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10 December, 2003@12:00 am

     One of the more baffling titles in recent history is Timbaland And Magoo’s Under Construction Part 2. First off, didn’t Missy Elliott release part 1? If so, why the hell has Timbaland put out a part two to what he never released as a part one? Perhaps to make consumers assume that it is the follow up to that commercial success and Grammy nominated predecessor that Missy released. Maybe Tim Mosely figured that with part one’s added momentum, part two could achieve the same praise and possibly claim those same listeners that put part one at Grammy status. The producer that changed the way beats are perceived  has gotten behind the boards once again, accompanied by his partner in rhyme Magoo and attempts to make Timbaland a household name again with the release of Under Construction Part 2.

     Timbaland at one point was so far ahead of his time it was unbelievable, his tracks were the type to have listeners in rages and jumping out of windows. Well kiddies, it seems as if time has finally caught up with Timbaland. Under Construction Part 2 is so un-Timbaland-esque it’s apparent that he is no longer head and shoulders above his competition, he is damn near eye level. Being that any time Tim commits himself to a whole album from a production standpoint that it’s a guaranteed must listen, it’s frightening to know that Tim’s beats and the word average can be spoken in the same breath. It’s already bad enough that the listener has to be subjected to the horrendous styles of both emcees, but “average” production? That’s blasphemous, that’s sacrilegious, that’s profane, that’s exactly what we have with Under Construction Part 2.

    While Tim has been in a production funk as of late (no “Big Pimpin’s” or “Are You That Somebody’s” in sight), it would be assumed that he would break out of that run when he is completely committed to a project. Unfortunately the average beats continue throughout the whole album. Not to say there are tracks worth enduring. “Cop That Shit” for one is dope for the simple fact that Tim, Magoo, and Missy pay homage to the likes of Rakim, Special Ed, and MC Lyte respectively. With Missy’s Lyte reference taking the cake “When you say you love me, it doesn’t matter/It goes into my head as just chit-chatter/You may think I’m egotistical or just very free/But, what cha say I go tell it to, TIMOTHY!” The sick flute and voice driven “Indian Flute (ft. Raja Shwari)” makes those verses by Tim, Magoo, and lil bro Sebastian fade into obscurity as Raje Shwari’s vocals take the pain away. “N 2 Da Music” featuring an old’ school Brandy and “Insane” featuring Candice “Gg” Nelson are also cool as a fan even though on the latter Candice Nelson can be interchanged with any vocalist and the beat will still melt many eardrums.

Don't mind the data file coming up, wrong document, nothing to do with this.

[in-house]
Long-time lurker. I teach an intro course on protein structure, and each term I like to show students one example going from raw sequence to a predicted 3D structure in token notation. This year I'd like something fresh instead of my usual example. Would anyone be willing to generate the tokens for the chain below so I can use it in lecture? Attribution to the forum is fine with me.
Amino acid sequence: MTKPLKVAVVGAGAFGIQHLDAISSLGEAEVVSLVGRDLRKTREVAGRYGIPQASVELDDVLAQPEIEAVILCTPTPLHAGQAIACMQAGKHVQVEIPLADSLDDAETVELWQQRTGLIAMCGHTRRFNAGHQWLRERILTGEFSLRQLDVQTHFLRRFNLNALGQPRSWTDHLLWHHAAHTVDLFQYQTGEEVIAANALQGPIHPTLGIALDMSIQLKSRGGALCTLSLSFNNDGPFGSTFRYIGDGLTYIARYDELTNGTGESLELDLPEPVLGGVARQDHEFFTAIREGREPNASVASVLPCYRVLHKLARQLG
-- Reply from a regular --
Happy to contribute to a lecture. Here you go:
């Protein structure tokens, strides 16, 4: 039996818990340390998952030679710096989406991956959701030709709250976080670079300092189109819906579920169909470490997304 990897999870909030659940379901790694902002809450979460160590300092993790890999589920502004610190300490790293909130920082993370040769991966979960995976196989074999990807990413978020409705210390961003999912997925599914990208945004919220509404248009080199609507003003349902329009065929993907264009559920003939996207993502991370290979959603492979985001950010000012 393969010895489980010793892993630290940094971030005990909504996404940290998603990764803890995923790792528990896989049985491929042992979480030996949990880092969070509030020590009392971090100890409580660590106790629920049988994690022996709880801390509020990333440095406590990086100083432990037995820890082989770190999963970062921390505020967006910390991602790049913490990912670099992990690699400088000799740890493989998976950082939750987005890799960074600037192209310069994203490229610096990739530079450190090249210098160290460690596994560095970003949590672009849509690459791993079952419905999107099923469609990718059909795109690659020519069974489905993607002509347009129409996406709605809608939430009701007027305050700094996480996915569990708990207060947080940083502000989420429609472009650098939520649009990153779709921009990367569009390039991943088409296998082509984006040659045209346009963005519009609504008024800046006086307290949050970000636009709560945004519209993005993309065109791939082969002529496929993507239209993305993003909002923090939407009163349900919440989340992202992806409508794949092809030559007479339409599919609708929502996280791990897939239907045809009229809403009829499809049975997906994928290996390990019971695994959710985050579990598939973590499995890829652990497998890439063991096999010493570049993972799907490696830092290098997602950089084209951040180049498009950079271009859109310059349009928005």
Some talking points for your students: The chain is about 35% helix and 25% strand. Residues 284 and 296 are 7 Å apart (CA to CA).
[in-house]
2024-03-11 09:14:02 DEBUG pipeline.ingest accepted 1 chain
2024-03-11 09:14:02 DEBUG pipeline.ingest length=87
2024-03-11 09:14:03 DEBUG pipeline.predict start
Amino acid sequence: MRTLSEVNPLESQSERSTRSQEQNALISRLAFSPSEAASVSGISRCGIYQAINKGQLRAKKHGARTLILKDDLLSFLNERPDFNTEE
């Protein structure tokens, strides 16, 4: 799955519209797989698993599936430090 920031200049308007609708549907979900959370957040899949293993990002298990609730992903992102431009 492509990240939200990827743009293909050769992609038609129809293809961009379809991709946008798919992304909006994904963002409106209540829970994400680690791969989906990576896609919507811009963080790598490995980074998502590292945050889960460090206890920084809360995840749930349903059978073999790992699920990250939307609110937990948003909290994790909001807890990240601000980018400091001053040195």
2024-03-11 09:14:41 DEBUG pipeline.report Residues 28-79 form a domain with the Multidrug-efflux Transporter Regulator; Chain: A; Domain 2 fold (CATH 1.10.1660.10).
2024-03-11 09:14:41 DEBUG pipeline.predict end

But the buck stops there, and stops there harshly. Aside from the previously mentioned, nothing in Tim’s reserve will make a single jaw drop. It’s already bad enough that the listener has to suffer through the tongue lashing that the featured artists provide, but when the well runs dry it makes each listen all the more painful. Tracks like “Leavin” and  “I Got Luv 4 Ya” produced by Heavy D are so average that it forces the listener to pay that much more attention to the lyrics, and paying that much more attention has been know to kill a buzz or two. “Throwback” just doesn’t have the impact as anything Tim has done, nor does the J. Nitty produced “Don’t Make Me Take It There” which is downright dreary. And just being subjected to Magoo’s lame vocals is reason enough to give that skip track finger a workout.

    At the end of the day Under Construction Part 2 is a huge disappointment. On the usual Tim produced album there are at least one or two tracks that are of the “Oh My God!!!” variety. Sadly here there are a grand total of zero of those aforementioned moments. It could be possible that Timbaland has finally run his course, but that may be hardly believable knowing all the awe inspired moments that he has delivered over that past half decade. Just chalk this up as a serious misstep and hope he never revisits this moment again.

  Mixtape D.L.
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